Miriam with a timbrel (a kind of tambourine)
celebrating the crossing of the Red Sea
This image is from the "Golden Haggadah" (1320-1330), so called due to the gold-leaf background of its miniatures. The entire codex has been digitized and can be viewed on this British Library webpage.
The image depicts the following verse in Exodus:
Red heifer, seraph serpents, and a talking donkey: Oh my! In the combined portions Chukat-Balak, there are numerous themes to study and contemplate (see the summary and even a comedic video at the bottom of this sheet), but the death of Miriam is significant. Miriam is the first of several biblical women to be honored with the title of "prophet" (see Exodus 15:20), and the mention (although brief) of the time (first new moon) and place (Kadesh) of her death, places her status as exalted as her siblings Moses and Aaron:
Although no formal period of mourning upon Miriam's death is mentioned as for Aaron (30 days, Numbers 20:29), Miriam is said to have died by the "kiss" of death, as did her brothers, in a privileged status of a prophet:
Bava Batra 17a:3 בבא בתרא י״ז א:ג׳
The Sages taught: There were six people over whom the Angel of Death had no sway in their demise, and they are: Abraham, Isaac, and Jacob, Moses, Aaron, and Miriam....Isaac, and Jacob, as it is written with regard to them, respectively: “With everything,” “from everything,” “everything”; since they were blessed with everything they were certainly spared the anguish of...the Angel of Death....Moses, Aaron, and Miriam, as it is written with regard to them that they died “by the mouth of the Lord,” which indicates that they died with a kiss, and not at the hand of the Angel of Death.
With regard to that same verse Rabbi Elazar said further: Miriam also died by the divine kiss, just like her brother Moses...With regard to Moses it says: “So Moses the servant of the Lord died there in the land of Moab by the mouth of the Lord” (Deuteronomy 34:5). For what reason was it not explicitly stated with regard to her, as it is stated with regard to Moses, that she died “by the mouth of the Lord”? It is because it would be unseemly to say such a thing, that a woman died by way of a divine kiss, and therefore it is not said explicitly.
FUN FACT: There is a more contemporary Miriam worth remembering: Miriam Michelson. In celebration of the 100th anniversary of women’s suffrage in the U.S. this year, Rabbi Carole Balin, Ph.D., is sharing eight chapters of an "alternative Book of Numbers” designed to tell the stories of Jewish women who combined civic engagement with Jewish values in a 40-year struggle “in the wilderness” to pass the 19th Amendment. Learn about Miriam Michelson in this article:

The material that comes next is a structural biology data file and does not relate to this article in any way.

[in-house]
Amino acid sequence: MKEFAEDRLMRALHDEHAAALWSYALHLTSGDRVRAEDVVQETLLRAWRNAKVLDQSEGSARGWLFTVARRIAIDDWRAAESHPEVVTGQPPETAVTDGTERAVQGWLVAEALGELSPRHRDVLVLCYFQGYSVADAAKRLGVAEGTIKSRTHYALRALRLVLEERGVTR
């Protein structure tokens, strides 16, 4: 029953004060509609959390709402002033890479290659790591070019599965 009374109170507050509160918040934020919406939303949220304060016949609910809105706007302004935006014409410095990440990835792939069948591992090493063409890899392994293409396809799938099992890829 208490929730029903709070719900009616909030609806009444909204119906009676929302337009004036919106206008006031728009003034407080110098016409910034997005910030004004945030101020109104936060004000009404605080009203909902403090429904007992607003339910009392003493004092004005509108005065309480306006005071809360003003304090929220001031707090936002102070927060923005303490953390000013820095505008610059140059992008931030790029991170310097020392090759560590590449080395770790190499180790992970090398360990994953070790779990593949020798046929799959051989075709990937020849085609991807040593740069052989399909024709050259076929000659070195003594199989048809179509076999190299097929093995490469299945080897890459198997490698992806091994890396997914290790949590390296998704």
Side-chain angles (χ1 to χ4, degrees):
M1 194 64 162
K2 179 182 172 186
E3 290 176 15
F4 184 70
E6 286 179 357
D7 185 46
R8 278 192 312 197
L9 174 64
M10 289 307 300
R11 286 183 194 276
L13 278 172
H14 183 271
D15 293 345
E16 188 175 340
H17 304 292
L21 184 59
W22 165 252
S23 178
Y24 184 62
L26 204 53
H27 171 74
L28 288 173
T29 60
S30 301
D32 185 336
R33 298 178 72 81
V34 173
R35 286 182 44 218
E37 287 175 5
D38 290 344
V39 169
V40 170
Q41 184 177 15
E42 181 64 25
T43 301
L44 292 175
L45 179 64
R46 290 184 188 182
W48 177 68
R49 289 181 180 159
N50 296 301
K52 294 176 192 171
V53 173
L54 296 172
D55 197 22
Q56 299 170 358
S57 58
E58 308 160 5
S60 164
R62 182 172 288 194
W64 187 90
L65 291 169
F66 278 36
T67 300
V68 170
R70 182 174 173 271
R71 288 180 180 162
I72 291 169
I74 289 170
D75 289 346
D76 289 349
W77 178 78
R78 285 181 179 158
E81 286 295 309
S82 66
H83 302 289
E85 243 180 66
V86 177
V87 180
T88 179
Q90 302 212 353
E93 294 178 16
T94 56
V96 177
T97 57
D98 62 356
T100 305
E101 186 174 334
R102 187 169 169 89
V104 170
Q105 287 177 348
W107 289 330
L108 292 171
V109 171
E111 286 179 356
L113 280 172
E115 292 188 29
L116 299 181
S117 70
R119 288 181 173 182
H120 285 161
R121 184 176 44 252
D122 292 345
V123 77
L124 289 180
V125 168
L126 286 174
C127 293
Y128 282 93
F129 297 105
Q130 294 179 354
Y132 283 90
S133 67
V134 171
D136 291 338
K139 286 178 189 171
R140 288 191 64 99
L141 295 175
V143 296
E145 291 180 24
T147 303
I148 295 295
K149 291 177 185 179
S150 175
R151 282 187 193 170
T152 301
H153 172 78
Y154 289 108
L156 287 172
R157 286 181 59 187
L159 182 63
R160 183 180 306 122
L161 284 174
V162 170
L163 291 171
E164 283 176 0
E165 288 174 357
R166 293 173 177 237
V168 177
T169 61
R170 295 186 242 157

By Rabbi Carole B. Balin, Ph.D.
The prophet Miriam is closely associated with water: As a young girl, she watched as her baby brother was saved from drowning in the Nile (Exodus 2:1-9 and Sotah 9b:8), she celebrated in song at the Sea (Exodus 15:20-21), her well accompanied the Israelites during their wanderings in the desert (Shabbat 35a:6 and Rashi on Numbers 20:10:2), and after Miriam's death, the water of the well dries up, but the Eternal instructs Moses to "assemble the people that I may give them water. (Numbers 21:16-17).
The image below depicts the well attended by Moses with water flowing to all 12 tribes of the Israelites:
Connections and Commentaries
For the "Song" portion of this source sheet, we read in Numbers 21:16-18, that the thirst of the wandering Israelites is finally quenched at the well of Beer (the name itself means "well") after Aaron died (Numbers 20:24-29) and the Israelites suffered attacks of the seraph serpents! (Numbers 21:5-6). (See the image of the miraculous well from the Dura Europos Synagogue above.) The grateful Israelites celebrated in song with this verse:
Commentaries trace the well and the song back to Miriam due to the fact that verse 17 parallels the lead-in to the Song of the Sea (Shirat ha-Yam שירת הים) in Exodus 15:1: "Then Moses and the Israelites sang this song..." As explained in The Torah: A Women's Commentary, Tamara Cohn Eskenazi, Andrea L. Weiss, URJ Press, c. 2008, pp. 387ff: Contemporary scholars have concluded (based on literary, historical, sociological, and musicological evidence) that the Song of the Sea is attributed to Miriam and the title The Song of Miriam is used by contemporary scholars. Evidence shows that the genre of "victory songs" were typically composed and performed by women to greet troops after battle.